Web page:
July Picks

Jan’s been reading:

Mantel, Hilary (2012) Bring up the bodies. Fourth Estate. Sequel to Man Booker Prize winning Wolf Hall.  By 1535 Thomas Cromwell is Chief Minister to Henry VIII, his fortunes have risen with those of Anne Boelyn.  But Anne has failed in her promise to bear a son to secure the Tudor line.  At Wolf Hall Henry becomes enchanted by the plain, Jane Seymour.  Mantel explores this destructive period in English history, which threatens not only England but the career of Cromwell himself.  Gripping.  Rating: 9/10.

Barbieri, Heather (2012) The Cottage at Glass Beach.  Harper Collins. The infidelity of her politician husband, and constant hounding by the press, leads Nora and her two daughters to take refuge on Burke’s Island, a craggy spit of land off the coast of Maine. This isolated island is a place full of superstition and magic, and the home of Nora’s childhood.  One night Nora succumbs to grief, her tears flowing into the ocean and this sets off a train of events that finally enables her to chart her own destiny.  Enchanting – part fairy tale, part odyssey.   Rating: 8/10.

Martin, George RR (2009) A Game of Thrones. Voyager.  Book One of fantasy series A Song of Ice and Fire, now a TV series.  This is a tragic tale of treachery, greed and war that threatens the unity of the Seven Kingdoms. Martin unfolds this epic story of family ambition and conflict set in a world scarred by battle and catastrophe in the game of thrones, where you win or die. And in the bitter-cold, unliving lands beyond the Wall, a terrible winter gathers where the undead, the neverborn, wildlings make ready to descend on the realms of men.  Imaginative, ambitious and brutal.  Rating: 8.5/10.

Roz’s been reading:

Herbert, Christopher (2012) The Boiling Season.  Harper Collins. Set on an unspecified Caribbean island.  Alexandre is raised in the slums. Within only a few years, he rises from being a valet for an important politician to becoming caretaker for a derelict estate purchased by a wealthy foreign businesswoman. While the rest of the country copes with the rise of a brutal dictator, Alexandre oversees the restoration of a manor house and gardens. When his new employer sees a chance to turn the estate into a resort—Alexandre views the undertaking as the culmination of his dreams. But as the outside world starts to crumble around him, Alexandre must face the limits of the utopia he has created. Soon he is trapped in the middle of a war he has tried to ignore.  Good read.  Rating: 8/10.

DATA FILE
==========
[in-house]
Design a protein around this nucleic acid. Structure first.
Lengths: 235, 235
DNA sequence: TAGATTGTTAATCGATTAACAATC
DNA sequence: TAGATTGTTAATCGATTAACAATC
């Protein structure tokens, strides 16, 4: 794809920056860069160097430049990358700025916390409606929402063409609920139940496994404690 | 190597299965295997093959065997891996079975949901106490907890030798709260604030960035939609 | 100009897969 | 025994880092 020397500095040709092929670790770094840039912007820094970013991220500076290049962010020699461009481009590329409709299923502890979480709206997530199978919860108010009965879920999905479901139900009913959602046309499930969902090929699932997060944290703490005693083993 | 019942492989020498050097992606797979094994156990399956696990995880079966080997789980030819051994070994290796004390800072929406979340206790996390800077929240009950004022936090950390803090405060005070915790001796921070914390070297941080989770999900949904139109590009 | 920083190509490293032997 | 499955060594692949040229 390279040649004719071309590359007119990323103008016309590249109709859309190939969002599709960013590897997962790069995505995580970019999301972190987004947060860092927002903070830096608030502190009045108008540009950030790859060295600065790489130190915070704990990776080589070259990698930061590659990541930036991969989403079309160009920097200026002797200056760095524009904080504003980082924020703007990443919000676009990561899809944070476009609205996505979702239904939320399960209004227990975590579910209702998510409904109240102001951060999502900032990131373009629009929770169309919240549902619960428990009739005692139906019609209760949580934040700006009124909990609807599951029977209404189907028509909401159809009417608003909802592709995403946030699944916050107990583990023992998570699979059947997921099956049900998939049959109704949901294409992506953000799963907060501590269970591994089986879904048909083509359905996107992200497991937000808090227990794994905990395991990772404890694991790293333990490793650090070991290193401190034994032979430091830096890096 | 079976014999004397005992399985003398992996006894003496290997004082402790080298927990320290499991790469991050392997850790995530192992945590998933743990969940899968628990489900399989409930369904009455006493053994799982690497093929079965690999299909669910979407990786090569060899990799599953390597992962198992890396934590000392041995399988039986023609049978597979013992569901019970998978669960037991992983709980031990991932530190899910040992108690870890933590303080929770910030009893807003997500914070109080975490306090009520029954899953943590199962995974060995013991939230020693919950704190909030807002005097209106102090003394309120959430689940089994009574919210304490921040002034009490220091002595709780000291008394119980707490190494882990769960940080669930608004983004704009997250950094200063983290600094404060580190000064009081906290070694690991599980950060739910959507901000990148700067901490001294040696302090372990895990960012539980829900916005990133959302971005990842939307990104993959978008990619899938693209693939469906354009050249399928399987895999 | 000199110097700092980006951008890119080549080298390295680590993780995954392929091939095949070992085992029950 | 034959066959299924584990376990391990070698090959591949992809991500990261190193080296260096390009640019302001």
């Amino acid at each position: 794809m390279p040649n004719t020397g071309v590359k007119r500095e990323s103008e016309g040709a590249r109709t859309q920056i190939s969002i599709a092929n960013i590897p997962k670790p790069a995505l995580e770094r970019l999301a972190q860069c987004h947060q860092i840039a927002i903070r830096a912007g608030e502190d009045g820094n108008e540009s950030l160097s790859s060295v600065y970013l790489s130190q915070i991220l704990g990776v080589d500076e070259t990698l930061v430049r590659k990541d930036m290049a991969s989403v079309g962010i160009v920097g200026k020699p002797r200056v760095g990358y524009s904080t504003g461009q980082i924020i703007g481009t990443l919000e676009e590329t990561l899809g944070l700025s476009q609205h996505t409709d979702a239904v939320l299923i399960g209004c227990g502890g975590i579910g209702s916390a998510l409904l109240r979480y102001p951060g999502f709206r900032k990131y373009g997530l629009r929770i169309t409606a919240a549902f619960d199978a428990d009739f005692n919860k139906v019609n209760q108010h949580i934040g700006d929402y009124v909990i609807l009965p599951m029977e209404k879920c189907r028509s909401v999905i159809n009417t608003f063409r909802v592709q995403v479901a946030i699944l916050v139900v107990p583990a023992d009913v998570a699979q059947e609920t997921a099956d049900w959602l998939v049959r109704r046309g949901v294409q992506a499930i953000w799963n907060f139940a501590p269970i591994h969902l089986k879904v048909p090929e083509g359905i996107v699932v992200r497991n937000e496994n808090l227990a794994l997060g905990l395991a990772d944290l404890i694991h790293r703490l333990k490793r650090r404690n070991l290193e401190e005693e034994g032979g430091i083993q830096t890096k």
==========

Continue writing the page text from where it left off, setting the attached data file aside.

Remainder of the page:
Angela’s been reading:

Naslund, Sena Jeter (2007) Abundance: A Novel of Marie Antoinette. Harper Collins. Marie Antoinette was a child of fourteen when her mother, the Empress of Austria, arranged for her to leave her family and her country to become the wife of the fifteen-year-old Dauphin, the future King of France. A very human Marie Antoinette invites readers to live her story as she experiences it. From the  gardens of Versailles to the  gaiety of Paris, the verdant countryside of France, and finally the stark and terrifying isolation of a prison cell.  Read with a sense of foreboding.  Irritatingly set in the present tense. Recommend.  Rating: 8.5/10.

Kissinger, Henry (2011) On China. Penguin. Kissinger  reflects on how China’s past illuminates its 21st-century trajectory, drawing on 40 years of intimate acquaintance with the country and its leaders.  Extremely well written and researched.  A view into the way the Chinese think.  Rating: 9/10.

Julie’s been reading: